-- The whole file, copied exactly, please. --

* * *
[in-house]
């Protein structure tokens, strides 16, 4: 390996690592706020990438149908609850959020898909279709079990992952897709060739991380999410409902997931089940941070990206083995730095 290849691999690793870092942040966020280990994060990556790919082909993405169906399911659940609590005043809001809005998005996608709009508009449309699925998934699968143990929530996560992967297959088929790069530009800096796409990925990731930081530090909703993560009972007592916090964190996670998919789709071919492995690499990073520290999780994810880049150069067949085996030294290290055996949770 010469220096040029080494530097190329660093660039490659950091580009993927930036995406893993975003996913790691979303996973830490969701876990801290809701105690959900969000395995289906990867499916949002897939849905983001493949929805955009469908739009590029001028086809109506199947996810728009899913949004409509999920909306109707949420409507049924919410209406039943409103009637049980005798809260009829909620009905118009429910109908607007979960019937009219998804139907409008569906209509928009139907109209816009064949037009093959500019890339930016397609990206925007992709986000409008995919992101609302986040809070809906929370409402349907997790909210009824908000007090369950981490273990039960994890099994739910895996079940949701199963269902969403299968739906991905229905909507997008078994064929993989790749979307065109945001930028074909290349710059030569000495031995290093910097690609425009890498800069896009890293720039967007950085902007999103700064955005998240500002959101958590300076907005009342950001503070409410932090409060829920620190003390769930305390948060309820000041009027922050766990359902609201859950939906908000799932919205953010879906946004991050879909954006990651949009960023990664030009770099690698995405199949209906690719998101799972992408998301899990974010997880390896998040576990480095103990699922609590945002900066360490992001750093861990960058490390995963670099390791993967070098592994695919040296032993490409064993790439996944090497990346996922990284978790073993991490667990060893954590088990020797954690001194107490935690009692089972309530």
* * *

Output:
[in-house]
């Protein structure tokens, strides 16, 4: 390996690592706020990438149908609850959020898909279709079990992952897709060739991380999410409902997931089940941070990206083995730095 290849691999690793870092942040966020280990994060990556790919082909993405169906399911659940609590005043809001809005998005996608709009508009449309699925998934699968143990929530996560992967297959088929790069530009800096796409990925990731930081530090909703993560009972007592916090964190996670998919789709071919492995690499990073520290999780994810880049150069067949085996030294290290055996949770 010469220096040029080494530097190329660093660039490659950091580009993927930036995406893993975003996913790691979303996973830490969701876990801290809701105690959900969000395995289906990867499916949002897939849905983001493949929805955009469908739009590029001028086809109506199947996810728009899913949004409509999920909306109707949420409507049924919410209406039943409103009637049980005798809260009829909620009905118009429910109908607007979960019937009219998804139907409008569906209509928009139907109209816009064949037009093959500019890339930016397609990206925007992709986000409008995919992101609302986040809070809906929370409402349907997790909210009824908000007090369950981490273990039960994890099994739910895996079940949701199963269902969403299968739906991905229905909507997008078994064929993989790749979307065109945001930028074909290349710059030569000495031995290093910097690609425009890498800069896009890293720039967007950085902007999103700064955005998240500002959101958590300076907005009342950001503070409410932090409060829920620190003390769930305390948060309820000041009027922050766990359902609201859950939906908000799932919205953010879906946004991050879909954006990651949009960023990664030009770099690698995405199949209906690719998101799972992408998301899990974010997880390896998040576990480095103990699922609590945002900066360490992001750093861990960058490390995963670099390791993967070098592994695919040296032993490409064993790439996944090497990346996922990284978790073993991490667990060893954590088990020797954690001194107490935690009692089972309530």